That point about social currency is particularly strong. People change their behaviours most readily when a) it's easy, and b) when they see other people doing something first.
That's why headlines like "Renewable Energy Surpasses Fossil Fuels" are so important - to show that the 'community' that a reader might feel interested in but not-quite-yet a part of, is growing. Thinking "It's good to be a part of that community right now" will make people more likely to take whatever steps necessary to actively become a part of that community.
Similarly it's why I've praised Extinction Rebellion in the past - for making it demonstrably important to shout and get cross about the state of the environment. Socially validating what people are already feeling, but don't feel they have a safe community in which to express themselves.
When it comes to the call-to-action, it's equally important to be clear and precise.
You, dear reader. I'm addressing you now. You need to take whatever actions you can to save the world.
The use of "we", in a call to action, will unfortunately always be burdened with potential ambiguity.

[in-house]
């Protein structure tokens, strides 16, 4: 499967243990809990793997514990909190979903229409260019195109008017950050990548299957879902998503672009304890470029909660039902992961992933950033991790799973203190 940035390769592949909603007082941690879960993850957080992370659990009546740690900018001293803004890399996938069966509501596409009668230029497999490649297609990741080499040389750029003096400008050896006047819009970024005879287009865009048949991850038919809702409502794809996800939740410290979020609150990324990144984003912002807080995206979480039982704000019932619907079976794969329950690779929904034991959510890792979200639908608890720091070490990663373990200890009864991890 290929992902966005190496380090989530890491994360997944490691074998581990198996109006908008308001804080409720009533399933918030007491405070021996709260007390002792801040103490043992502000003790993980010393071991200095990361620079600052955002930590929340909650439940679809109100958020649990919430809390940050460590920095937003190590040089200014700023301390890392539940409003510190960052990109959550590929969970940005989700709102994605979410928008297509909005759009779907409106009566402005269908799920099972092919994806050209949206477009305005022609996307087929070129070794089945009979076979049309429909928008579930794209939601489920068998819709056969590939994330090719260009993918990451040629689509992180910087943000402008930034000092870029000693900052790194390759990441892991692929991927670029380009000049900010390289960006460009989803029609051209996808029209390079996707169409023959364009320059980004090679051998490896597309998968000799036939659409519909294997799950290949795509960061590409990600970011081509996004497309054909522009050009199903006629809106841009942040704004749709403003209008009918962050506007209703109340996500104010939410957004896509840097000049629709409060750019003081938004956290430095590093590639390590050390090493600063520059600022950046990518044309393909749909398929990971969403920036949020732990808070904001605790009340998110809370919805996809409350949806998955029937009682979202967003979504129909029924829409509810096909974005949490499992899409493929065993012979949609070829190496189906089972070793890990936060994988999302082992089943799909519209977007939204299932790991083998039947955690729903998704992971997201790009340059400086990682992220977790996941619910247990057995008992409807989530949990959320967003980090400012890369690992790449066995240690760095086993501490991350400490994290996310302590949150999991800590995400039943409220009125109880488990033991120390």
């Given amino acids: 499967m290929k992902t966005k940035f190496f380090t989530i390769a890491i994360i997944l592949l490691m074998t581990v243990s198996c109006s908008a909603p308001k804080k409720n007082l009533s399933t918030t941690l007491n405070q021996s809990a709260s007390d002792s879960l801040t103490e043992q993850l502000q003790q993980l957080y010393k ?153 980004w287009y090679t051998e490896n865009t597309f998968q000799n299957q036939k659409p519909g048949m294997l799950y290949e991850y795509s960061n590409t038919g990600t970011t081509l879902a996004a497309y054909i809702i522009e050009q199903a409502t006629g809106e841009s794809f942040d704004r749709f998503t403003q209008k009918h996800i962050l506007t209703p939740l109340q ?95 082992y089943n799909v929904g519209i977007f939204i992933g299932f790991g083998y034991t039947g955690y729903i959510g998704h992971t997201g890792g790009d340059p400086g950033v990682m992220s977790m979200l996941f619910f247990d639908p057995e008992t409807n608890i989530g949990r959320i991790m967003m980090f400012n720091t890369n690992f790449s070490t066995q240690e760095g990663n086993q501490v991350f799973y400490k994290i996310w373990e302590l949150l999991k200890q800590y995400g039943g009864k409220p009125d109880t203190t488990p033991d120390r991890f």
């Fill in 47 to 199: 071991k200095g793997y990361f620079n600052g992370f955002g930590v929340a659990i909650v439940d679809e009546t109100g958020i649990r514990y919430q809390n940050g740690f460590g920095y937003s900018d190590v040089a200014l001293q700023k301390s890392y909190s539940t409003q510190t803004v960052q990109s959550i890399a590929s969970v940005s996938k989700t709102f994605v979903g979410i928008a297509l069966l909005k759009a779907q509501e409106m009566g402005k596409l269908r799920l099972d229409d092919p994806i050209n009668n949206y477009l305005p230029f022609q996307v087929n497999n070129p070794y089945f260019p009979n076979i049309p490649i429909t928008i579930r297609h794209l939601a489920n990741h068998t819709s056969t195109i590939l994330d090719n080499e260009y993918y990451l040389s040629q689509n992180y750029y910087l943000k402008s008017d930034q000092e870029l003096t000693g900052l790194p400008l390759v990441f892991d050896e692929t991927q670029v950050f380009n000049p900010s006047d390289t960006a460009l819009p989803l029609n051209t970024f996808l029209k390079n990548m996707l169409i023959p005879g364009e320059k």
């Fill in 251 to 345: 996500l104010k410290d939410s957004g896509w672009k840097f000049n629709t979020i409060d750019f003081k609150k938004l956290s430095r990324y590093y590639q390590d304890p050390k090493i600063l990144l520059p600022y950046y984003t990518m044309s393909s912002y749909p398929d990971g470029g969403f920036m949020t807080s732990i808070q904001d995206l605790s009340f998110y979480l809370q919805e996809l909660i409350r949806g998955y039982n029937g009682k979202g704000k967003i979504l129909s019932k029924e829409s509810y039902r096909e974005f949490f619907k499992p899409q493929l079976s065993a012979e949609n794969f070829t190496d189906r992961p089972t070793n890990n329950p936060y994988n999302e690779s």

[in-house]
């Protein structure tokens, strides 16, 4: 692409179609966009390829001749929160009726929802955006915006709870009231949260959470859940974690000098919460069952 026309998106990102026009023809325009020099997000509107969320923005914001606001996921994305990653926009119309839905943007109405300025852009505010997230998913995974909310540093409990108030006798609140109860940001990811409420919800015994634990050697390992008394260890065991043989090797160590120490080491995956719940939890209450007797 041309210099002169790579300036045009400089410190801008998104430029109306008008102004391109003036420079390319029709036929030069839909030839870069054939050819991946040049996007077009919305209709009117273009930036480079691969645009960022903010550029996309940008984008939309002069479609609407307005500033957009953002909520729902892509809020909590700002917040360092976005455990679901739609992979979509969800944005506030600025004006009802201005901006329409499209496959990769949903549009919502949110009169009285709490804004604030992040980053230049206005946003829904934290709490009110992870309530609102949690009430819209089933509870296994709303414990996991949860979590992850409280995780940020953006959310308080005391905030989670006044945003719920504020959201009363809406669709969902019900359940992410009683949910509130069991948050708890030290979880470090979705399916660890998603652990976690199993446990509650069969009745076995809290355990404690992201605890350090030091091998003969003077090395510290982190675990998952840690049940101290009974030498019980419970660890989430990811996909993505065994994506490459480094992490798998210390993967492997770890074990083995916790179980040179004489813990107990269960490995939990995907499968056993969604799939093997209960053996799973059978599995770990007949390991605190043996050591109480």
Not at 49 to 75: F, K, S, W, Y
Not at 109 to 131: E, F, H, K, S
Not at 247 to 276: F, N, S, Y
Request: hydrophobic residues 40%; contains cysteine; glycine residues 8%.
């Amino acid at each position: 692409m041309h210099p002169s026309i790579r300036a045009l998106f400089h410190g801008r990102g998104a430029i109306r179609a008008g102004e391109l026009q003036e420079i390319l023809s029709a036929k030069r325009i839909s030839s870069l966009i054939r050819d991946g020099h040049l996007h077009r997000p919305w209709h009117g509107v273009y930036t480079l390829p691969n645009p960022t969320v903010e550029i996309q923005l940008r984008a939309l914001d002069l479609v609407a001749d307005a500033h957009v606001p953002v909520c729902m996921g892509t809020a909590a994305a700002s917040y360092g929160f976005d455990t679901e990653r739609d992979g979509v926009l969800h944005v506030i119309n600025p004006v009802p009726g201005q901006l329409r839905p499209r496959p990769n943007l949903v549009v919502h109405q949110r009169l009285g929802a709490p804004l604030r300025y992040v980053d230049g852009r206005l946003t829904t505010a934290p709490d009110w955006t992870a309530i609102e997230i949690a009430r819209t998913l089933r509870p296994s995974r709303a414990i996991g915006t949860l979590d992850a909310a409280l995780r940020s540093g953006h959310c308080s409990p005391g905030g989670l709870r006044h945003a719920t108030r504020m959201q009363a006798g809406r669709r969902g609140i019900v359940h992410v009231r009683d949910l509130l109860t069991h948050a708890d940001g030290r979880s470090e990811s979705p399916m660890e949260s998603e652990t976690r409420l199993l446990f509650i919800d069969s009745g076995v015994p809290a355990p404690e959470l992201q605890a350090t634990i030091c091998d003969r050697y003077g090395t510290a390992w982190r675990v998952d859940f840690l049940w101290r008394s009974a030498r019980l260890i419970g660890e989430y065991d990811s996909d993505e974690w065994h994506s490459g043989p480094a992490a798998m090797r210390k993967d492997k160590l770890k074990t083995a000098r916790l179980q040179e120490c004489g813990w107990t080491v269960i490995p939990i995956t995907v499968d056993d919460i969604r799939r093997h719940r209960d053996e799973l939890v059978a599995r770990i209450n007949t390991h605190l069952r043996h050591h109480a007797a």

"We're going to save the world" can be inclusive or exclusive, and depends on the reader's feelings of alignment.
While you might mean:
"We - you and me - we're going to save the world, together!"
It might be read:
"We - me and my pals - are going to save the world - You just sit tight".
So what should you do?
Demonstrate community benefits clearly and vocally - but don't initiate people into that community simply by merit of them reading your blog post.
State what positive actions other people (communities or individuals) they already feel aligned with are doing.
Address them directly with what you want them to do.
So you - yes you - go save the world.
(To recap the first-steps in saving the world:
Reduce your carbon footprint by any means necessary - drive less, public transport more.
Don't eat meat or dairy (unless you can afford to be VERY picky about the agriculture).
Insulate your homes, buy energy-efficient things, and generally buy less stuff.
Offset any emissions you're left with.)